In Spanish, Haitian Creole, and native Mexican and Guatemalan languages like Quanjobal, Zapotec, and Quiche, the Coalition's members go door-to-door during the busy winter harvest season explaining the Coalition's efforts to win higher wages and better working conditions. The turnover is heavy—a new wave of migrant workers arrives every winter—and each new face in a trailer is a fresh challenge—but is also another potential partner in the Coalition's struggle for fair pay and decent treatment in the fields.
When CIW reaches workers, they have won impressive victories, including, in 1998, 13 to 25 percent raises for tomato pickers, and, in 2002, convictions of three crewleaders for forcing 700 workers into slavery in Florida citrus groves. But they needed another way to contact those workers they weren't reaching on foot.
That's where Prometheus was able to help. The Prometheus Radio Project, for which I'm an organizer, is a non-profit organization that fights for a more democratic radio dial. Founded in 1998 by veterans of the pirate radio movement, we were at the forefront of the grassroots struggle that led the FCC to create new low-power radio licenses to serve community needs that weren't being met by the big broadcasters. Now, we travel all over the country building these low-power, community radio stations for groups who need them.
Prometheus has done six of these building projects, called “Radio Barnraisings,” in the spirit of neighbors coming together to build a barn. Prometheus folks work intimately with the nascent station founders, and help them find and build the necessary equipment cheaply and sustainably, so a team of volunteers with few resources besides a lot of heart can keep a station on the air permanently, for a community that really needs it.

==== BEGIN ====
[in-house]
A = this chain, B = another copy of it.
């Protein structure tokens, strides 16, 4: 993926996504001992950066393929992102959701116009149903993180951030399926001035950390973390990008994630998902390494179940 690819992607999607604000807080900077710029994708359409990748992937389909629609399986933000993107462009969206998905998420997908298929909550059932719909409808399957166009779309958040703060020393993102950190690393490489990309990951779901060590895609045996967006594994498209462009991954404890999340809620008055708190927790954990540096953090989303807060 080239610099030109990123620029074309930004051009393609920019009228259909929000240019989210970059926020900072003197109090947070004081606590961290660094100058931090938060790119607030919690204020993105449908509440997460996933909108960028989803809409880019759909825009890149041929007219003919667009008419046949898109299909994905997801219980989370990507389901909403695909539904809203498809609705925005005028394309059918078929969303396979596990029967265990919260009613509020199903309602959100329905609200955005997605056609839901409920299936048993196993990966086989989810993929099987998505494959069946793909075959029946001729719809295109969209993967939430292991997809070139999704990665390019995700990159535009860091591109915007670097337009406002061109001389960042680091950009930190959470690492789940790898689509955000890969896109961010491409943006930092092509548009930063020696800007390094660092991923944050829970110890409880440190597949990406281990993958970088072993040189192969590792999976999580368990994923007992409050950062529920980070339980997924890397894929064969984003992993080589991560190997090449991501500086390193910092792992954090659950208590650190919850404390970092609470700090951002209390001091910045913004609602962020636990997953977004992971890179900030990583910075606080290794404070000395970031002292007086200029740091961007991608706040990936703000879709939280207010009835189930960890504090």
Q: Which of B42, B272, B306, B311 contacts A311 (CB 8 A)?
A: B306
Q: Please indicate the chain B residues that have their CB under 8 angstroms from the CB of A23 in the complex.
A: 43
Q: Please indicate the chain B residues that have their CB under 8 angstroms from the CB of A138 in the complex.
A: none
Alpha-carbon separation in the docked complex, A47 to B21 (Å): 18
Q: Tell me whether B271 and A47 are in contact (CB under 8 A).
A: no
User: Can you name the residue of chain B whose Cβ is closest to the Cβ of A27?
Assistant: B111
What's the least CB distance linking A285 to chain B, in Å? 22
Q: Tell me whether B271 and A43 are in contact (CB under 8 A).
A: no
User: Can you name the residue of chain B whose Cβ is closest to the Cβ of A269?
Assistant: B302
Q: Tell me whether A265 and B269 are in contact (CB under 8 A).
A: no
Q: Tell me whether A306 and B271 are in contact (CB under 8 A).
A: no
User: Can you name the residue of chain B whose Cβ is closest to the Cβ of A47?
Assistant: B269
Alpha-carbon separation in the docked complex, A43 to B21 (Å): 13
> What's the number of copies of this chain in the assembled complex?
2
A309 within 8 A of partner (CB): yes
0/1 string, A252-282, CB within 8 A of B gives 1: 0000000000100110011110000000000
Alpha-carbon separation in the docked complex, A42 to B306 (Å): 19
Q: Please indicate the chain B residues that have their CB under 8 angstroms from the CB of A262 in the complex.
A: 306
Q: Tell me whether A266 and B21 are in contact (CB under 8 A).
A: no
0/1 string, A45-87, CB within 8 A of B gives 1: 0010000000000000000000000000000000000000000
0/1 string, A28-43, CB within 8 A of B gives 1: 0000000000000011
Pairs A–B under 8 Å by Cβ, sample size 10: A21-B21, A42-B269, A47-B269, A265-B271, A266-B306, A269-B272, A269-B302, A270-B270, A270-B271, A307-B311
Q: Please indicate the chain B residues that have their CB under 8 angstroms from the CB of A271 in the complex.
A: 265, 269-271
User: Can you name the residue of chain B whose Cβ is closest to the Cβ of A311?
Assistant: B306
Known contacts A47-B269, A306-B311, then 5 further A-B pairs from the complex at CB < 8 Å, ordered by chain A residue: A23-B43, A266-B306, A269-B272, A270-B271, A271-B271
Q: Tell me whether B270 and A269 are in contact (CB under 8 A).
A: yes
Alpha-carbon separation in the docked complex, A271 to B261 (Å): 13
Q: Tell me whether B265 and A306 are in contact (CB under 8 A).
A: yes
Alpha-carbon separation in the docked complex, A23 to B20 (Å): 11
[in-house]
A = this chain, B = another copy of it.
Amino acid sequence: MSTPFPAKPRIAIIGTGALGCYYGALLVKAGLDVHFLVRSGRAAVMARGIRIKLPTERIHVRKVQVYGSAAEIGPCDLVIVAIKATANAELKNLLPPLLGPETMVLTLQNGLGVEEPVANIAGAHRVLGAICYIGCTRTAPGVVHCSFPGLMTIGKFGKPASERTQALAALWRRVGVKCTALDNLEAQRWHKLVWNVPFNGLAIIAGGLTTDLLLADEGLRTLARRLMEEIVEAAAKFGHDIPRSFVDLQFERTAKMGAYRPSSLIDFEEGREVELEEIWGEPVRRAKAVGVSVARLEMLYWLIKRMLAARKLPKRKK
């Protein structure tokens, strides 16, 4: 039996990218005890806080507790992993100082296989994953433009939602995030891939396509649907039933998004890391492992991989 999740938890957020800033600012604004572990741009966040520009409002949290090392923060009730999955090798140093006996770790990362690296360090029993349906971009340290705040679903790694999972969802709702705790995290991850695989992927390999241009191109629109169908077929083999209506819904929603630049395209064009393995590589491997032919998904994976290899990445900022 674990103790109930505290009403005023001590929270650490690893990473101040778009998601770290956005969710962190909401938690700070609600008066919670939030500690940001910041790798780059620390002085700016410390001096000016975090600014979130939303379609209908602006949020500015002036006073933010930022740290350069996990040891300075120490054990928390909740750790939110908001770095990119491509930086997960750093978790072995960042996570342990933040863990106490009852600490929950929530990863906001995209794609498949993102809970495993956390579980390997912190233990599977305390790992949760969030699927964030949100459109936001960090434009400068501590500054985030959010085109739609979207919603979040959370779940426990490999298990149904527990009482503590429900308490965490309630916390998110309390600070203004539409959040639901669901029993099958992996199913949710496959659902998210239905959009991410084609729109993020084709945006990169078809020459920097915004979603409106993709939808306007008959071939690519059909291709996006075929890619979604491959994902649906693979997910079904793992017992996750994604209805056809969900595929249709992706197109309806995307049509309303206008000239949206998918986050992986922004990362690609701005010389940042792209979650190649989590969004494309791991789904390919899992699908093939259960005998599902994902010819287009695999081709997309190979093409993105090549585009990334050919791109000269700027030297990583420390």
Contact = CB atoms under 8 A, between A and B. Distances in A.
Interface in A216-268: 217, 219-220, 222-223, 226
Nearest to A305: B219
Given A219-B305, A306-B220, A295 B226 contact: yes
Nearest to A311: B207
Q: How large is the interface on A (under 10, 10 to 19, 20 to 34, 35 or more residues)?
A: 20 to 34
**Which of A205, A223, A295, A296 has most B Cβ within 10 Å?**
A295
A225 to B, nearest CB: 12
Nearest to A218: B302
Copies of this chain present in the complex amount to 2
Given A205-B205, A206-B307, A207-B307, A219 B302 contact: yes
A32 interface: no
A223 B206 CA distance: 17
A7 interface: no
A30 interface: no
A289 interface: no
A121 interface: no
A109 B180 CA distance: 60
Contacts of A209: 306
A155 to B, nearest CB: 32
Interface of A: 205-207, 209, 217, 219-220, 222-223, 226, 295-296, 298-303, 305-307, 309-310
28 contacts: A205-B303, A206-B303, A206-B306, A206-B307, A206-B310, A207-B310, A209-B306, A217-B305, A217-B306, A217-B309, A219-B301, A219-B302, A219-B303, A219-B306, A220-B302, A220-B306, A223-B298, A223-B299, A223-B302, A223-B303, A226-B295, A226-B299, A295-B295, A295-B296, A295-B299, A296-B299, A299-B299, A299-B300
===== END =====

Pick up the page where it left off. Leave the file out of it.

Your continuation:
The FCC finally issued the Coalition a permit for a station in 2003. Previous barnraisings with an anti-sprawl and environmental organization on the Chesapeake Bay, and a 25-year-old civil rights foundation in Opelousas, Louisiana, prepared Prometheus for the technical challenges we'd meet. Yet our goal in Florida was not just to raise the Coalition's tower, wire their audio console, and test out equipment, but to gather hundreds of existing and potential radio pioneers from all across the southeast and around the world, and, together, give birth to this new station. All in the course of one long weekend.
In December 2003, members of Prometheus arrived in Immokalee and began holding workshops on radio transmissions, radio receivers, ground interrupters, fuses, and how to be a deejay. Meanwhile, CIW members taught us about their organizing strategies and successes. They described three general strikes, a 30-day hunger strike to protest their low pay, and a 230-mile march from Immokalee to Miami and back, before the Free Trade Area of the Americas meeting last year, to publicize the plight of farmworkers around the world.
“Prometheus began to understand our struggle, and the workers learned which buttons to push to make our words take flight,” said Gerardo Reyes Chaves, a Coalition staffer.
The radio activists and the farmworkers strategized for the larger media democracy movement by breaking into small groups and hashing out the problems in our local communities. One conversation on the most creative ways to challenge the licenses of local Clear Channel stations, conducted by a Montessori teacher from Puerto Rico, a gardener just released from jail for protesting the Free Trade Area of the Americas pact, and a local ham radio enthusiast, went on late into the night, in the back room of the empty office building we used as our conference center. The barnraising was building not only a local community, but a national community as well.